The Thumb Push Cut
The Thumb Push Cut is more of a technique that can be combined with other cuts to increase the power and control of a cut. The Thumb Push Cut is utilized by holding your carving knife in one hand. With the thumb of your other hand, press the back of the blade into the wood. This adds pressure and strength to the cut, which in turn grants more control.
Any time you are pushing your blade away from your body and have adequate access to your opposite hand’s thumb, it is generally a good idea to utilize this technique.
The Thumb Push Cut is like the standard Push Cut, with the main difference lying in the goal of the cut. While a regular push cut is simply to cut off excess wood while not requiring an abundance of control, the Thumb Push Cut lays on the opposite side of that spectrum.
It actually adds to the control of a cut while simultaneously increasing your overall power, making a great addition to cuts that require an element of pushing the blade away from your body if the need for control is present.
Tips for Mastering Wood Cuts
The following are a few general tips to keep in mind to ensure you can successfully master the cuts described above.
- Carry a small piece of wood with you so you can practice at various points of the day.
- Try to find a remote or quiet place with minimal distractions. Not only is this a safe practice, but it enhances the therapeutic properties of wood carving.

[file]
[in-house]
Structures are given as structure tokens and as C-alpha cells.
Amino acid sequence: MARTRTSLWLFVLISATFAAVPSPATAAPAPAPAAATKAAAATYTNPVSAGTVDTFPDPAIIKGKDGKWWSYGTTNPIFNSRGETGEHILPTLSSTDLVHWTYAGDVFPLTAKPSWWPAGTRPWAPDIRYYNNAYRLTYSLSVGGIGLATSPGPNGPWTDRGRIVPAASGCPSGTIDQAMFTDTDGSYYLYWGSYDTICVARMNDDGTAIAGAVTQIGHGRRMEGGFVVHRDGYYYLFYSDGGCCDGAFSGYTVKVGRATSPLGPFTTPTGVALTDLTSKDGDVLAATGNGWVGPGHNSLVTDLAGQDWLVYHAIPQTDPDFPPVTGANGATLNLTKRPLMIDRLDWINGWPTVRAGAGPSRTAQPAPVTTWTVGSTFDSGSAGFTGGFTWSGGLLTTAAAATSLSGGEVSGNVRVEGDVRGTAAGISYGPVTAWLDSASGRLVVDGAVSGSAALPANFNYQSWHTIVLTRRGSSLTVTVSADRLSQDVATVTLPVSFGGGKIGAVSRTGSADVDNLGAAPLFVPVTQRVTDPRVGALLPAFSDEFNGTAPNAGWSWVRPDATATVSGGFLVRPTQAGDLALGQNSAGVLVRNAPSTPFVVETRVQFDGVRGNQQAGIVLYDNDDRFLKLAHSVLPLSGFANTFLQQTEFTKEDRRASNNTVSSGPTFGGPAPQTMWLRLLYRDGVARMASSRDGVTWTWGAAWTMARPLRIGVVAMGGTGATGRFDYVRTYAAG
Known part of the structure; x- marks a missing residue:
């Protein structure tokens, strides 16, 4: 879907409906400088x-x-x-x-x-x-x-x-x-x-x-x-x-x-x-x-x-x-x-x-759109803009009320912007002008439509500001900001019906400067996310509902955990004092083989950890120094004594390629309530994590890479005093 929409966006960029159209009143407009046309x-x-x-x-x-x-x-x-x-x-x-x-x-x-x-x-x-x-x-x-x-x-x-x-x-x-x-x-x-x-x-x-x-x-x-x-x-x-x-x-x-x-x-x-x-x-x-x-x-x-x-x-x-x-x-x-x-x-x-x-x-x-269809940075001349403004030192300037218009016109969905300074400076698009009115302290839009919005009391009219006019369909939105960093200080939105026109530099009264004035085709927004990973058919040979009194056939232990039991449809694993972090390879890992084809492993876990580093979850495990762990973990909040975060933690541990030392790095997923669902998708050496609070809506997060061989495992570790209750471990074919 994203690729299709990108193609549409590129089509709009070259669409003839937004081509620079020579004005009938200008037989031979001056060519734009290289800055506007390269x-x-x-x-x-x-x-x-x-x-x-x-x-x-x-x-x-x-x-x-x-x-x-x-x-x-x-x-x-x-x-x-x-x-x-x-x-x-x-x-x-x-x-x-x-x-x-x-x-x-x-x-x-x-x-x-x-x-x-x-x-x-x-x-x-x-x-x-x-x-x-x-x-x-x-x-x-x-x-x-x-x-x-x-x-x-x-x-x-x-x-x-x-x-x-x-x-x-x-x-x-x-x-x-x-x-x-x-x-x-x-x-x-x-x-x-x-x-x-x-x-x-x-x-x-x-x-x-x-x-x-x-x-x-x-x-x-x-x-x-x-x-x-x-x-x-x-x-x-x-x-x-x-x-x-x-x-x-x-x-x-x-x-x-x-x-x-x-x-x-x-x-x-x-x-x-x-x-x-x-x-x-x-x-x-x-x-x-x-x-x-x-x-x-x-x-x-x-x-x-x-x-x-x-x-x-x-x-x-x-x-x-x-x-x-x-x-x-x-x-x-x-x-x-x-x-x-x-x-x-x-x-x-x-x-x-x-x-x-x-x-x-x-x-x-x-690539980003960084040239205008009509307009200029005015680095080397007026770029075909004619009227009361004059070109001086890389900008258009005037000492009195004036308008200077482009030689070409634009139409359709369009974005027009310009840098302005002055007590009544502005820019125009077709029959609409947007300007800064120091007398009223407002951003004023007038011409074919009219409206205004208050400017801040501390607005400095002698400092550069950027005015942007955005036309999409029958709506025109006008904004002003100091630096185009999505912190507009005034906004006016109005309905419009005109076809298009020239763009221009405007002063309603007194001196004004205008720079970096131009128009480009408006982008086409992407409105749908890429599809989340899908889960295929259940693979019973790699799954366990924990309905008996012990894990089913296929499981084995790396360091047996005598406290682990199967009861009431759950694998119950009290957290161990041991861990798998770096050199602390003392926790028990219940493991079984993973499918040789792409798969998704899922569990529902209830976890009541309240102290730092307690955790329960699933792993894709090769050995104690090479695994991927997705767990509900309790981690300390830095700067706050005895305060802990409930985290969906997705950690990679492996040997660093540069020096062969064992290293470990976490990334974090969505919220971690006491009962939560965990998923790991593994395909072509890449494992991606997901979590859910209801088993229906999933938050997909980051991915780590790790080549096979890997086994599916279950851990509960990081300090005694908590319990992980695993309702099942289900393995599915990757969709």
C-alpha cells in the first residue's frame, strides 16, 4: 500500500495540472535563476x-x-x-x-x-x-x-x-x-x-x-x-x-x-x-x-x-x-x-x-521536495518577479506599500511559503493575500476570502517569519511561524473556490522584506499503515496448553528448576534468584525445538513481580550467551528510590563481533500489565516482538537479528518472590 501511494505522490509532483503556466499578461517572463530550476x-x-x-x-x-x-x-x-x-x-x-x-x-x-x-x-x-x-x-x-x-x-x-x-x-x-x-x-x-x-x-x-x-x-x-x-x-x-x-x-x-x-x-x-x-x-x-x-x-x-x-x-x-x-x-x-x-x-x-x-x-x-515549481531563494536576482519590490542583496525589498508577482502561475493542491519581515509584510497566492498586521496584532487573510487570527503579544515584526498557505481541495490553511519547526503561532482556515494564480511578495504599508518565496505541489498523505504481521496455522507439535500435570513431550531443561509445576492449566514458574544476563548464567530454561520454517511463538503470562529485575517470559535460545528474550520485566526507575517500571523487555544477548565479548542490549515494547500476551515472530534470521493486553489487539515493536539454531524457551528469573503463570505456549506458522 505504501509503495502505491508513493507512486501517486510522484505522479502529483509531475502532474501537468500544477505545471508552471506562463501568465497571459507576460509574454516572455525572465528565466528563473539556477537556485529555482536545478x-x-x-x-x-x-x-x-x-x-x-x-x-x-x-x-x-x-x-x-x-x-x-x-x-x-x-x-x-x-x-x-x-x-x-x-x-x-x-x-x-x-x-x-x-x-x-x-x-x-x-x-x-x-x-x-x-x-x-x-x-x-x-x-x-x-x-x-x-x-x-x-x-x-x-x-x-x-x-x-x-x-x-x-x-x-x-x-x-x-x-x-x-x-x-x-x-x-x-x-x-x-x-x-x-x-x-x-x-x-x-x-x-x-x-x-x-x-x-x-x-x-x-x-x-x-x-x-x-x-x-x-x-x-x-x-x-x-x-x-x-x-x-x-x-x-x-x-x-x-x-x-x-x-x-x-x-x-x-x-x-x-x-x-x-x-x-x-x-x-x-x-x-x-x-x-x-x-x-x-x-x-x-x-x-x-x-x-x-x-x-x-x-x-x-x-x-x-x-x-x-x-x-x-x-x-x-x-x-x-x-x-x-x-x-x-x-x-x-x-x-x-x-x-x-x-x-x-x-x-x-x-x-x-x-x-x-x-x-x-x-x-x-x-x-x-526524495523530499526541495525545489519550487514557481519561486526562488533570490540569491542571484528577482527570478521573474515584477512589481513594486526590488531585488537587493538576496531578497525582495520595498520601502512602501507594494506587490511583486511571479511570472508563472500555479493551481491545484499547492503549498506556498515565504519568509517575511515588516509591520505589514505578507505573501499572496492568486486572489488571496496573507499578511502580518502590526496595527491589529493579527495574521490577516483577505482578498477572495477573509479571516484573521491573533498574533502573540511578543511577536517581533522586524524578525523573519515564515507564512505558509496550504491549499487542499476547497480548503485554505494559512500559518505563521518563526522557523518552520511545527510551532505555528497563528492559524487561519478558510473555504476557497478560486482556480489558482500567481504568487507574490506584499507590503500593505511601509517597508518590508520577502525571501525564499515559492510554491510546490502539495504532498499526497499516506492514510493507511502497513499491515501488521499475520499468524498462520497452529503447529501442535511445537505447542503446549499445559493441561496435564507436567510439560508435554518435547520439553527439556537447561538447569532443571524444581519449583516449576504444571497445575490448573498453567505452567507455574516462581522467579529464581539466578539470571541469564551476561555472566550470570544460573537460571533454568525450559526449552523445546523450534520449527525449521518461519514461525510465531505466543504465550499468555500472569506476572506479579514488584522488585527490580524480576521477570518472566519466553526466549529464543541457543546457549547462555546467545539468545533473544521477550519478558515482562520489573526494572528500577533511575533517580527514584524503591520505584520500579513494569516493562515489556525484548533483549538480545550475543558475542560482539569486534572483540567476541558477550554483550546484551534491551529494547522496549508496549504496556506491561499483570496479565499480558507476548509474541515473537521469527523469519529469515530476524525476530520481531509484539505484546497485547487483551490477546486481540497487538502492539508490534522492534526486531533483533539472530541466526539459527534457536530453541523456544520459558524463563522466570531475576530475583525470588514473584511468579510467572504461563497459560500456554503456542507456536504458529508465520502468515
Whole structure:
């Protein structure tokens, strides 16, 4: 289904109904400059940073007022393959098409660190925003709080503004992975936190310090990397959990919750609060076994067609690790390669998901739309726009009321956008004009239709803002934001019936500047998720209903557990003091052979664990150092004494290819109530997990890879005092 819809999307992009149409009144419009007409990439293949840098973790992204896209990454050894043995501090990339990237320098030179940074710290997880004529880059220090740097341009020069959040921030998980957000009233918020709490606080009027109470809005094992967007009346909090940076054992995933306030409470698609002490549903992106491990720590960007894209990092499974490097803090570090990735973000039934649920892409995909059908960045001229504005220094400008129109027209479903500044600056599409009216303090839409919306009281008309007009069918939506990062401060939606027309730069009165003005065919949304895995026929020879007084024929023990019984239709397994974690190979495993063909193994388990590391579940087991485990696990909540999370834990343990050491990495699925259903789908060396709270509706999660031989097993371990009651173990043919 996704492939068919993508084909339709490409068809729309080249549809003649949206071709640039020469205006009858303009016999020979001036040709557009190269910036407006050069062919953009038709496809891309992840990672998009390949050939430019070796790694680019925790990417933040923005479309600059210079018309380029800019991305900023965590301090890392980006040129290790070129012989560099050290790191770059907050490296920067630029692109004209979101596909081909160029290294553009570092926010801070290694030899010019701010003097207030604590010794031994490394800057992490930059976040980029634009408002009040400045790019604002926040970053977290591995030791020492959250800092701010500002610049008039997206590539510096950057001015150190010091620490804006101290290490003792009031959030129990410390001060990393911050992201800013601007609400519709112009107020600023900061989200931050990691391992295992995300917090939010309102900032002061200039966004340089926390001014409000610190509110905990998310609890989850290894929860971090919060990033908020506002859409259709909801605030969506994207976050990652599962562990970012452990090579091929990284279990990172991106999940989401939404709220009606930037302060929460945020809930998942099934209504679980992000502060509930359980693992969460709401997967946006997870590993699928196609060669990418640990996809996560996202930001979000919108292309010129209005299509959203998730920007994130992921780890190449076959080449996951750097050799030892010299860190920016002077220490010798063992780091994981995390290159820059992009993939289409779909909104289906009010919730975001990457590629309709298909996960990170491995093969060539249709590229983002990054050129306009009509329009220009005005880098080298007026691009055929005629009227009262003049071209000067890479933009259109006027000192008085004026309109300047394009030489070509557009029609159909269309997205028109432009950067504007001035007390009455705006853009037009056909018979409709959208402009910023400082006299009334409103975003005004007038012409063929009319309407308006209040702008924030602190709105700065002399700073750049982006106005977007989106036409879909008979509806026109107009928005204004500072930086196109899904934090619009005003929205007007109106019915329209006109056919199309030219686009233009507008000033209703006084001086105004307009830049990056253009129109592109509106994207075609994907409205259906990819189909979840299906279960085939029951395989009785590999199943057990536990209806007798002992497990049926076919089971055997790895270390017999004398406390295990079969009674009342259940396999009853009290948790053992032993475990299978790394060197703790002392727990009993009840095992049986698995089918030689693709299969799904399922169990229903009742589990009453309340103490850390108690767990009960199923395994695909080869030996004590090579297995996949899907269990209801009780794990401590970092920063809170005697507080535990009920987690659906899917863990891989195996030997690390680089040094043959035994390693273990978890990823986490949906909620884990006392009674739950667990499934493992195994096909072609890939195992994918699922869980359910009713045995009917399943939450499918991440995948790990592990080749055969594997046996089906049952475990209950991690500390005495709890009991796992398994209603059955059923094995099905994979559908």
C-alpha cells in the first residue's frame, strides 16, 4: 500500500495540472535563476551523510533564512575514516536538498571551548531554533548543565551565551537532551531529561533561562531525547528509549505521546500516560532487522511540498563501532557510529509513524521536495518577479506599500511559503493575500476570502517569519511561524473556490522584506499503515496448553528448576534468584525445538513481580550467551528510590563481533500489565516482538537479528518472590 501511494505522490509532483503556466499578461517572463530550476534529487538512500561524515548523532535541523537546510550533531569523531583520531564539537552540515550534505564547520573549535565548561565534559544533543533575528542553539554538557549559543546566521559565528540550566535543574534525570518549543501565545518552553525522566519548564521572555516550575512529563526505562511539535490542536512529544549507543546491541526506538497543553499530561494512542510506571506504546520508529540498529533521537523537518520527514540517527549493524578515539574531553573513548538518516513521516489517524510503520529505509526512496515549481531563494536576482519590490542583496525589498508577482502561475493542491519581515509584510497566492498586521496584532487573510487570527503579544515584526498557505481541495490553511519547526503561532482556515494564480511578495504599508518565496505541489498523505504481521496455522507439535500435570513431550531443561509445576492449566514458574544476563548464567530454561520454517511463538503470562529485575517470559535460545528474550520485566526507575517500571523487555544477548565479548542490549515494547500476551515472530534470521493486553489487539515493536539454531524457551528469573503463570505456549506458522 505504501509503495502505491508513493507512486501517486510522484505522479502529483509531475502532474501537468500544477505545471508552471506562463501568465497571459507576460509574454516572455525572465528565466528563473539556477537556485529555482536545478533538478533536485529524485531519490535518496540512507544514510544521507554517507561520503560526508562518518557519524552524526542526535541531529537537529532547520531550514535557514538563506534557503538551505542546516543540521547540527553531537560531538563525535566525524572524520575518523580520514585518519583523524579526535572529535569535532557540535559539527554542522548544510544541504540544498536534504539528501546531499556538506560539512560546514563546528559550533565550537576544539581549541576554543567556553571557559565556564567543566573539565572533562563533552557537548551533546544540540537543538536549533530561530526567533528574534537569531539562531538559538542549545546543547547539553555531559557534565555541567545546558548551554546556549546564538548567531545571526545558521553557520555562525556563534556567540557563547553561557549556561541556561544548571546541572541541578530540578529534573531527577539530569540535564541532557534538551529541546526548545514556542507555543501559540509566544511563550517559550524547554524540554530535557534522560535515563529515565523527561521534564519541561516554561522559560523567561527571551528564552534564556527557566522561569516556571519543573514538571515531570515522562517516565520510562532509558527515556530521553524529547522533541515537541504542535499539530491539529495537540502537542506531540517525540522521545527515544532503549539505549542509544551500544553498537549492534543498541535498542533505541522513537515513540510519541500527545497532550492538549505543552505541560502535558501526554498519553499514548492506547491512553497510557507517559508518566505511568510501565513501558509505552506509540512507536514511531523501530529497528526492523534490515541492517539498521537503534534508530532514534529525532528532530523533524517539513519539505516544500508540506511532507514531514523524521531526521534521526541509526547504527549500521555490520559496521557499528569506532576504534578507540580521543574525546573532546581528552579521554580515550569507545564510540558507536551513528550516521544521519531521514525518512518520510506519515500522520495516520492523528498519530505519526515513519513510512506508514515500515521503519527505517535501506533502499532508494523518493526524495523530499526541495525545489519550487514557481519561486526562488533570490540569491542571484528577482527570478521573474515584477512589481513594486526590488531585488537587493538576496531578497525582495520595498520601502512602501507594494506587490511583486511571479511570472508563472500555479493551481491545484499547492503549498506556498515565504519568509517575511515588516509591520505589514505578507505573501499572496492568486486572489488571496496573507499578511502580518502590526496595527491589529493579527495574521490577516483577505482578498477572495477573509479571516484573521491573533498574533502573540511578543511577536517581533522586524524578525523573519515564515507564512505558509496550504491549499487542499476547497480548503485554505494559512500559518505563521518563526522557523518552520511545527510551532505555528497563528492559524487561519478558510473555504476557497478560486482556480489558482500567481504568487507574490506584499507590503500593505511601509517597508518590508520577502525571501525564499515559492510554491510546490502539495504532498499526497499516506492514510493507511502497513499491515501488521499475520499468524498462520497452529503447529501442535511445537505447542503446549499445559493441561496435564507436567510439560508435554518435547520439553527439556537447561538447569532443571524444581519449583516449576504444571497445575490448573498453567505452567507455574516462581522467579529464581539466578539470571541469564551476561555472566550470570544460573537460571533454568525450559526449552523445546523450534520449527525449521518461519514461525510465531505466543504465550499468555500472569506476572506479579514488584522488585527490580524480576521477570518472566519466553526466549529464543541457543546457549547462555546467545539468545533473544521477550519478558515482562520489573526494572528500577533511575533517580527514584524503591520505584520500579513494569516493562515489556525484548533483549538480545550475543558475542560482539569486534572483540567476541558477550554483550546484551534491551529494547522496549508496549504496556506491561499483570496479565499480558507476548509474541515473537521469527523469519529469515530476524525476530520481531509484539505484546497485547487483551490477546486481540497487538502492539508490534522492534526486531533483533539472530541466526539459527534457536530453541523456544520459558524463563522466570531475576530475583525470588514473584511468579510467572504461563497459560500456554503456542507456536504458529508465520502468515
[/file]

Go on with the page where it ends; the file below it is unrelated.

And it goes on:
- Practice the various cuts on their own first, without attempting to form a figure until later. This will enable you to master the fundamentals and make the motions of the cut automatic.
- Read the grain! Avoid cutting against the grain when possible; when you cut along a wood’s grain, it is easier for the knife to glide across its surface and make seamless cuts.
Some other tips to remember include:
- Choose the right type of wood to practice carving on.
- Use a beginner carving knife if you’re new to wood carving.
- Keep your carving knife sharpened and stropped.
Use a Soft, Pliable Wood to Practice
While you can use any type of wood to practice your carving skills, Basswood has made its way to the top of most wood carver’s lists. Basswood is a softer, easy to manipulate wood that is inexpensive and accessible. It is seen as the best wood for beginners to practice and hone their woodworking skills, yet remains a favorite for experienced carvers for the same reasons.